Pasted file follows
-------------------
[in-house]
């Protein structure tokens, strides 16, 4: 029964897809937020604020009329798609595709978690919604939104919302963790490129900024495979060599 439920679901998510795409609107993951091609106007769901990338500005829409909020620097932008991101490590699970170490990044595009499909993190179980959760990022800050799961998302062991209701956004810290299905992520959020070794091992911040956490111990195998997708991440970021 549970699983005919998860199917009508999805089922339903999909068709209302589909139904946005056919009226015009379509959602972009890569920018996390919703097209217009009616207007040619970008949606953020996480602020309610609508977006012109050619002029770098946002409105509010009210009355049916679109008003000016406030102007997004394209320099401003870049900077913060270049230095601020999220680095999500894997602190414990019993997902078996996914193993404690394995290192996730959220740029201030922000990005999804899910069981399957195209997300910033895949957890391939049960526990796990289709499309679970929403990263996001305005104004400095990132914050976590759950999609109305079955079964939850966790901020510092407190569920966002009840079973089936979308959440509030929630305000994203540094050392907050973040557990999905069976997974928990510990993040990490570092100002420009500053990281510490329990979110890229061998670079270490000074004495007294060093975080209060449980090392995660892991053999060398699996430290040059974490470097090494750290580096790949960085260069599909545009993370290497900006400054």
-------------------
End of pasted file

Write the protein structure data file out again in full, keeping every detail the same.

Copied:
[in-house]
């Protein structure tokens, strides 16, 4: 029964897809937020604020009329798609595709978690919604939104919302963790490129900024495979060599 439920679901998510795409609107993951091609106007769901990338500005829409909020620097932008991101490590699970170490990044595009499909993190179980959760990022800050799961998302062991209701956004810290299905992520959020070794091992911040956490111990195998997708991440970021 549970699983005919998860199917009508999805089922339903999909068709209302589909139904946005056919009226015009379509959602972009890569920018996390919703097209217009009616207007040619970008949606953020996480602020309610609508977006012109050619002029770098946002409105509010009210009355049916679109008003000016406030102007997004394209320099401003870049900077913060270049230095601020999220680095999500894997602190414990019993997902078996996914193993404690394995290192996730959220740029201030922000990005999804899910069981399957195209997300910033895949957890391939049960526990796990289709499309679970929403990263996001305005104004400095990132914050976590759950999609109305079955079964939850966790901020510092407190569920966002009840079973089936979308959440509030929630305000994203540094050392907050973040557990999905069976997974928990510990993040990490570092100002420009500053990281510490329990979110890229061998670079270490000074004495007294060093975080209060449980090392995660892991053999060398699996430290040059974490470097090494750290580096790949960085260069599909545009993370290497900006400054």